When you have eaten and are satisfied, praise the Lord your God for the good land He has given you. Be careful that you do not forget the Lord your God, failing to observe His commands (Deut. 8:10-16).
As a believer, when times of trouble come, I immediately turn to God. I stay in His presence whether I am totally focused on prayer or talking with Him while doing daily tasks. It’s easier to trust when we must, in situations where we have no control. But this is God’s desire in the good times, too.
God doesn’t enjoy our pain, in fact, it tears His heart too. In all their distress, He too was distressed (Isa 63:9a). Although He doesn’t initiate our suffering, He uses it to draw us into His fellowship so that He can dispense His love and mercy and bless us with His better plan.
When times are good, it is easier to lean on ourselves and forget the Giver of all good things. If I could only always be mindful of this and avoid what is documented time and time in scripture when pride led to destruction.
May His praise continually be on my lips.
Search me, O God, and know my heart: try me, and know my thoughts and see if there be any wicked way in me, and lead me in the way everlasting (Psalm 139:23-24).
The topic for my most recent bible study was purity — not just sexual, but more so the motives of our heart. Coincidentally, today’s reading from Oswald Chambers, My Utmost for His Highest, was also about purity. He says that when our hearts are left to their own devises, what proceeds from them are evil thoughts, murder, adultery, fornications, false witnesses, blasphemies and that list of ugly things noted in Matthew and 2 Corinthians. Whoa! I don’t do THOSE things, but…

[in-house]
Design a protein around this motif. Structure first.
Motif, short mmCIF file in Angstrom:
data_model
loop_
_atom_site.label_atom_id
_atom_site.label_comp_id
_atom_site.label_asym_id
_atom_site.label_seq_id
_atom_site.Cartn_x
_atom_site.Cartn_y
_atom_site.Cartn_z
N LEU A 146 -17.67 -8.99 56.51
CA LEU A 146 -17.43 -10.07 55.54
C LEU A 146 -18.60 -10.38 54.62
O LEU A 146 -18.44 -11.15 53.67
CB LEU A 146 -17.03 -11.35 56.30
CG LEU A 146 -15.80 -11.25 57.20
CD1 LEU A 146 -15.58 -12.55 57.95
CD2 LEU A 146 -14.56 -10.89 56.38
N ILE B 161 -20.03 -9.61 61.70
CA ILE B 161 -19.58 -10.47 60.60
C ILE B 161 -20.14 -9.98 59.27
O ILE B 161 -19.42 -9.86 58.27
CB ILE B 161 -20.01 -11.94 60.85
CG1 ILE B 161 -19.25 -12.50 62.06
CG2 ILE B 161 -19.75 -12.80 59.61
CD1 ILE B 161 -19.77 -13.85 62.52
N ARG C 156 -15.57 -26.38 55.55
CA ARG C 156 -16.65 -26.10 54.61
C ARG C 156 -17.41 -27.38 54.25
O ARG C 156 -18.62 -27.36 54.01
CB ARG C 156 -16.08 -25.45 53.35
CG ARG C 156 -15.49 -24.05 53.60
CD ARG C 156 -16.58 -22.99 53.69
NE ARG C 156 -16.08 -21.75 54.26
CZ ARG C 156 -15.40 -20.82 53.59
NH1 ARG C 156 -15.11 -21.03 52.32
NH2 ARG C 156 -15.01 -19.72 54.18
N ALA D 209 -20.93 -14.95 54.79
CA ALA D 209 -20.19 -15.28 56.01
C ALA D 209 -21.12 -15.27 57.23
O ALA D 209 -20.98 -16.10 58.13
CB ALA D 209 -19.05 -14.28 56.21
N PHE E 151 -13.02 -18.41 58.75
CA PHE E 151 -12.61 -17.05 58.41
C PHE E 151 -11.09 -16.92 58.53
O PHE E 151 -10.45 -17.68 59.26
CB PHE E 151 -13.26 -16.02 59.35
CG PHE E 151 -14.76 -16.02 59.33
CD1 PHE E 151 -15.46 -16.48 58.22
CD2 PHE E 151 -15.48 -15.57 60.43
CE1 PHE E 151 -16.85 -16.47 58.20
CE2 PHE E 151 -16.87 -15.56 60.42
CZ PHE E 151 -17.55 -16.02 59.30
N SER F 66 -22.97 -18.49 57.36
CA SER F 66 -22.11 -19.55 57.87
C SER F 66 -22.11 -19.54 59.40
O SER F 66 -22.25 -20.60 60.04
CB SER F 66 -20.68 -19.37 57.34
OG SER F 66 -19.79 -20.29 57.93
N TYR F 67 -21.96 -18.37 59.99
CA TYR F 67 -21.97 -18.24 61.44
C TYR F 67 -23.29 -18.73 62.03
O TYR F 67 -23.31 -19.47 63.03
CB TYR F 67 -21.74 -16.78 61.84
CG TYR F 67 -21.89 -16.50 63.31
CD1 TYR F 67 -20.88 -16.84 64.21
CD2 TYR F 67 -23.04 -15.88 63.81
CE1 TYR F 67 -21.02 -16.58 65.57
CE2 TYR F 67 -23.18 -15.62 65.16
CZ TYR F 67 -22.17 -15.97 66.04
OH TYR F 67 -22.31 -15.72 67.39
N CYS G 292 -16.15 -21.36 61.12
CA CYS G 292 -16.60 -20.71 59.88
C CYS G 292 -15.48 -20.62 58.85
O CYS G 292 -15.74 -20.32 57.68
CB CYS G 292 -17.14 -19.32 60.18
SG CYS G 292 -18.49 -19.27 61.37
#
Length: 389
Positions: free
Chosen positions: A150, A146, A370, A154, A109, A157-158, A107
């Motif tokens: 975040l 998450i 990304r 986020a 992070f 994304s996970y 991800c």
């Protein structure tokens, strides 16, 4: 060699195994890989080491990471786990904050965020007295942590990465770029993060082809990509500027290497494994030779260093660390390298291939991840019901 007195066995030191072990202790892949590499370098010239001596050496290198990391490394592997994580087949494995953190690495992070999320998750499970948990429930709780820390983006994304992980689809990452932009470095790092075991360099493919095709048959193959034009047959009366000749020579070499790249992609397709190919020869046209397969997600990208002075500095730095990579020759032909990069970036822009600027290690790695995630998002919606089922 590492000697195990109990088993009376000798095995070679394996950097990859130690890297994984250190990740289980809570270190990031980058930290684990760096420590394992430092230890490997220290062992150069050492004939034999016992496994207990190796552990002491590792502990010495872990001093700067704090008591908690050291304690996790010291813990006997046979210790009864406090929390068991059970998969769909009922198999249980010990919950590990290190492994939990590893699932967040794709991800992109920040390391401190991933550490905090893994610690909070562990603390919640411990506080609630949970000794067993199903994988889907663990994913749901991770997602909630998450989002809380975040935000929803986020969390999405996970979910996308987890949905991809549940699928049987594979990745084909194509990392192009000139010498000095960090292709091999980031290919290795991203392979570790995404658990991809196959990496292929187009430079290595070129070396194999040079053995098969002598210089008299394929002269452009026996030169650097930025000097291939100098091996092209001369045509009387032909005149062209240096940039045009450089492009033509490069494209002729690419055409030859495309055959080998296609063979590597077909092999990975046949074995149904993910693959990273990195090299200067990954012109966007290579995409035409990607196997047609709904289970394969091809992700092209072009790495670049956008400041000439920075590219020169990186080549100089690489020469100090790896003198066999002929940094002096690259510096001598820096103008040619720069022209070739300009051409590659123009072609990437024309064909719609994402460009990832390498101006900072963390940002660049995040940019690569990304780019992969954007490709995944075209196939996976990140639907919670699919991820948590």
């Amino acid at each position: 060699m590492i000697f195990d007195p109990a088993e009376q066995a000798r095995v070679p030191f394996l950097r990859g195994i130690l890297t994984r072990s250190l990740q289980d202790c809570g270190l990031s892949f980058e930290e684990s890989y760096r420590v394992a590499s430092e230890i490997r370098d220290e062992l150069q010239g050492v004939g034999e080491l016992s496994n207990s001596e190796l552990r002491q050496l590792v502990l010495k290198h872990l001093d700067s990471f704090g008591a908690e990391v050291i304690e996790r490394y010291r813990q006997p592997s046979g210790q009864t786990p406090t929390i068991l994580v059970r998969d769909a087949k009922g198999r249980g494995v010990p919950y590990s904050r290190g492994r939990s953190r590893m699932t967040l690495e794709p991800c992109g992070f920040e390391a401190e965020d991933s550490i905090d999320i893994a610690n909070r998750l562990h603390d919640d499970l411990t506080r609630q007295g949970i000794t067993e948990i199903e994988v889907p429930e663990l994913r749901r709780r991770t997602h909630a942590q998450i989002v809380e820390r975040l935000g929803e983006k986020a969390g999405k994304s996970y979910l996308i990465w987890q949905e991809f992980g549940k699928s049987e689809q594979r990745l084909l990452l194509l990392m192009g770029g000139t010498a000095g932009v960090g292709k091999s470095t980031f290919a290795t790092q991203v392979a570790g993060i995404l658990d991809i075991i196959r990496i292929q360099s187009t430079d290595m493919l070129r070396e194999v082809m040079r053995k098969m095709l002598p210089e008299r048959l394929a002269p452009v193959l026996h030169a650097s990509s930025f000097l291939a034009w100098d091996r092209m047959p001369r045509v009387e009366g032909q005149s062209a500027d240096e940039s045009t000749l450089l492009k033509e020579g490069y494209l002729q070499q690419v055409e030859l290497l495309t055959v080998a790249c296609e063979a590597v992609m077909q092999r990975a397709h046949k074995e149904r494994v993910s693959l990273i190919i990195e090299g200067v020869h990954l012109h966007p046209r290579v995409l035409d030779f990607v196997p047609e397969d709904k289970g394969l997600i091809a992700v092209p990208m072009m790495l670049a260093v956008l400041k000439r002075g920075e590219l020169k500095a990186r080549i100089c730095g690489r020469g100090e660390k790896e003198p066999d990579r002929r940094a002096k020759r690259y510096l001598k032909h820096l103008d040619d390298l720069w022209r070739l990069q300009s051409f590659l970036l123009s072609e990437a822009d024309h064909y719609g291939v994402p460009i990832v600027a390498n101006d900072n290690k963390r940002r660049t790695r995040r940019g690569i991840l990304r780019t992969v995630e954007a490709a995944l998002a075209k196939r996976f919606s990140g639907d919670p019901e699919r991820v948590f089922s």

Without the Holy Spirit, we are constrained only either by cowardice (would I really act on my thoughts if I was more brave!?), or that we are constrained by living in a civilized society (so grateful for the morality set in place by our forefathers).
Sometimes I question my motives like am I being manipulative or prideful or selfish. Those I don’t like, but they are “acceptable sins” if there is such a thing. But when we let the Holy Spirit penetrate our heart, we’re appalled at how evil we really are. The Spirit of God uncovers our self-exoneration and excuses and makes us sensitive to things we never recognized, let alone admitted before. We begin to realize how much we need the kind of cleansing that only comes from Him.